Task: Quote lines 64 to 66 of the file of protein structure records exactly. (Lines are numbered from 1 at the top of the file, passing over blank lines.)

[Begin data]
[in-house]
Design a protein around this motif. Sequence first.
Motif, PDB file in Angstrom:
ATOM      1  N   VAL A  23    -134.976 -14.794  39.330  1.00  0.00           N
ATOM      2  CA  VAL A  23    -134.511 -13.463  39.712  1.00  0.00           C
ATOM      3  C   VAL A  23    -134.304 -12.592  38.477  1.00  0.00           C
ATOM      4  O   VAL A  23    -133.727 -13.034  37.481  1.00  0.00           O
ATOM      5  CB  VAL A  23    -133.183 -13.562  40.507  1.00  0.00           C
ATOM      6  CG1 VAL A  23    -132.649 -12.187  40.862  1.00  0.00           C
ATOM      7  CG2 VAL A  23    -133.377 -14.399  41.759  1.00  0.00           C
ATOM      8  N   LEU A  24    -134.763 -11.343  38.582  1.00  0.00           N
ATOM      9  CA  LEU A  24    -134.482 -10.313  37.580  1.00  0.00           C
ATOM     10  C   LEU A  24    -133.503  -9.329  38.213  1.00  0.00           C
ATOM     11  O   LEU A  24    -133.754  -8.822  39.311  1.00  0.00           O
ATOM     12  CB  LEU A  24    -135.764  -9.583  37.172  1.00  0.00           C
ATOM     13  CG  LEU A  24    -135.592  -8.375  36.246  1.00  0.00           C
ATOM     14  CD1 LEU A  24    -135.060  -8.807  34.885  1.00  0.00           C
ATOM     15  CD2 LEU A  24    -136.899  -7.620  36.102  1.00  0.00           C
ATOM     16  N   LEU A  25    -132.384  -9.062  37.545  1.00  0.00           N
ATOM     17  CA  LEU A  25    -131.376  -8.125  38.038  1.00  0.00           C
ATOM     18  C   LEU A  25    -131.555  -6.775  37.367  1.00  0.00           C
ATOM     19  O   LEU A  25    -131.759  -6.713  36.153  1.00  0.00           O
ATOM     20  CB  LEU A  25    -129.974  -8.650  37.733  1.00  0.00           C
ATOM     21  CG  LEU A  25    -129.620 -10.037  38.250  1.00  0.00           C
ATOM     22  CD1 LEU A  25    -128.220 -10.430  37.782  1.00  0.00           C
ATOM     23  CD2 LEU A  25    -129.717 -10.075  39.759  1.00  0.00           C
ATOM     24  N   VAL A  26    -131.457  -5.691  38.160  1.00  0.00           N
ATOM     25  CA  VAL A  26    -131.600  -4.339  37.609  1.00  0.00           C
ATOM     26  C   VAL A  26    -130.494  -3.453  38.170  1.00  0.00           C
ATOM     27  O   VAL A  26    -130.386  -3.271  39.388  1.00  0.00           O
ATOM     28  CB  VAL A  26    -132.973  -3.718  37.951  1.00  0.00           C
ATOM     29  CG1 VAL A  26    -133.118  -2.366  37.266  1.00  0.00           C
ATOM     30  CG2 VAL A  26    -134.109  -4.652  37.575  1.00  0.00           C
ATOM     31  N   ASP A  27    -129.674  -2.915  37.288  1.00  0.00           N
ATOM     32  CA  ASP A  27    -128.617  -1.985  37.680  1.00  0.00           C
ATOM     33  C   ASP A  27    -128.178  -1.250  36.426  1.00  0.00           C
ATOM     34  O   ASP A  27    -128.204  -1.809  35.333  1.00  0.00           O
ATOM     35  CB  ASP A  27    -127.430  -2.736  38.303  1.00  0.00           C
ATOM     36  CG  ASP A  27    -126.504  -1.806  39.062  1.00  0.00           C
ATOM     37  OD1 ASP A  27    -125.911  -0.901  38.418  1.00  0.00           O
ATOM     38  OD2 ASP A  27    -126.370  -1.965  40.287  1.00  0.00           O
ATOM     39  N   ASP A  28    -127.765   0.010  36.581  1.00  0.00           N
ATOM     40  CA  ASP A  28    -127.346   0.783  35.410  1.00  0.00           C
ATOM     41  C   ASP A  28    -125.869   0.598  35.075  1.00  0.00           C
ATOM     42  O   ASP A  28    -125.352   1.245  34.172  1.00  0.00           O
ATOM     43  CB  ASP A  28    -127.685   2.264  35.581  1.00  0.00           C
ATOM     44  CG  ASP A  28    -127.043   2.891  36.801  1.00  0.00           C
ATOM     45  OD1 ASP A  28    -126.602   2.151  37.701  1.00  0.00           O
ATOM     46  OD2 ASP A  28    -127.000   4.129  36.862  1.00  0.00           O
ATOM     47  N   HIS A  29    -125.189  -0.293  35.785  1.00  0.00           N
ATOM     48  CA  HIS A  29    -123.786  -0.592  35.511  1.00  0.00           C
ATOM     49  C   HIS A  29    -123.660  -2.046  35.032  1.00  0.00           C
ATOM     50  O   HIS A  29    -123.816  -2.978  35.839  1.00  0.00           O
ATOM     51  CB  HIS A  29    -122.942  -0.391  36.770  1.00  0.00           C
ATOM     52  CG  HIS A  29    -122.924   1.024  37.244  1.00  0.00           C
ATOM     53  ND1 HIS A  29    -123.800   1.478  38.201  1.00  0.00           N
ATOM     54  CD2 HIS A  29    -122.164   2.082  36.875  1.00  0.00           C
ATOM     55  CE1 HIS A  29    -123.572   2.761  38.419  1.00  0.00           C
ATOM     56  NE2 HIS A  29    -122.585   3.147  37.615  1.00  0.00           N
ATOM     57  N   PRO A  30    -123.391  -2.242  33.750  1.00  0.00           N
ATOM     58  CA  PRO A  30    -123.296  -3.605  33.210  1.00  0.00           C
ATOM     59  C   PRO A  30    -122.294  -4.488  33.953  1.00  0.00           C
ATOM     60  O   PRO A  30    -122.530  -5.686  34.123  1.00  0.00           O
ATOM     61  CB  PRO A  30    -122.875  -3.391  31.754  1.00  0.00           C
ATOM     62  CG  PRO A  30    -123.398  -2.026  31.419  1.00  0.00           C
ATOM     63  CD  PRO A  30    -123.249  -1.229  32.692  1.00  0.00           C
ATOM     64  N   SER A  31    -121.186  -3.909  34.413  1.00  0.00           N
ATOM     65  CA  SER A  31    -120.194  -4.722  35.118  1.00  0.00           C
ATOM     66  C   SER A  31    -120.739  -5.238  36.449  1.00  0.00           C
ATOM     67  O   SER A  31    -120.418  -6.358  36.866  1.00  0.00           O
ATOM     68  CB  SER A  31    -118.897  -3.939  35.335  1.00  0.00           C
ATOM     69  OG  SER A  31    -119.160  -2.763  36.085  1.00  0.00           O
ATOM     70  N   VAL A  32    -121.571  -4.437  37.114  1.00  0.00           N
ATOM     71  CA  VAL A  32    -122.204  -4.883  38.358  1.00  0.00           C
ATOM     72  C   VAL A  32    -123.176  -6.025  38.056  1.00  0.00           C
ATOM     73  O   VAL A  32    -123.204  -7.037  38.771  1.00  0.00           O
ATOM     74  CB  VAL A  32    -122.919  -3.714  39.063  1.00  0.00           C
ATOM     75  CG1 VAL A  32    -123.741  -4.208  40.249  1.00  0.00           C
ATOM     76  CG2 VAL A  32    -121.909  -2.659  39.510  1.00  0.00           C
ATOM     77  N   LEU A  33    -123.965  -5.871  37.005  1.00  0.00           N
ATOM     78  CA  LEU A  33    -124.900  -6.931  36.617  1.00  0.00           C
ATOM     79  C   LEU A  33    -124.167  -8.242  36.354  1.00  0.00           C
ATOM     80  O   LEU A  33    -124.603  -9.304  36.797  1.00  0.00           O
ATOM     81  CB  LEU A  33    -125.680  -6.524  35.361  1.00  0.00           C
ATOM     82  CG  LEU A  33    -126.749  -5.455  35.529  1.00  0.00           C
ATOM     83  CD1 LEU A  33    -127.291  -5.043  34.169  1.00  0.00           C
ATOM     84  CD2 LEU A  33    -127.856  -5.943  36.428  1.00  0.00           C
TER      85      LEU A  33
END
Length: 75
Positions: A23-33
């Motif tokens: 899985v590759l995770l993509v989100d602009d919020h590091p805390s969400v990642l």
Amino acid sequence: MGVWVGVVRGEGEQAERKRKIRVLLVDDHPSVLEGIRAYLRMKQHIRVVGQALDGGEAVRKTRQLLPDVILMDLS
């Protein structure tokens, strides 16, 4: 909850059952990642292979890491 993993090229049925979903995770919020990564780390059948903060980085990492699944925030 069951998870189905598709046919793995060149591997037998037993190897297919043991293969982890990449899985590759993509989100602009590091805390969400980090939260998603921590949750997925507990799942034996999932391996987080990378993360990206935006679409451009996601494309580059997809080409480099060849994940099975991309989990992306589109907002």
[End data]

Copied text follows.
ATOM     61  CB  PRO A  30    -122.875  -3.391  31.754  1.00  0.00           C
ATOM     62  CG  PRO A  30    -123.398  -2.026  31.419  1.00  0.00           C
ATOM     63  CD  PRO A  30    -123.249  -1.229  32.692  1.00  0.00           C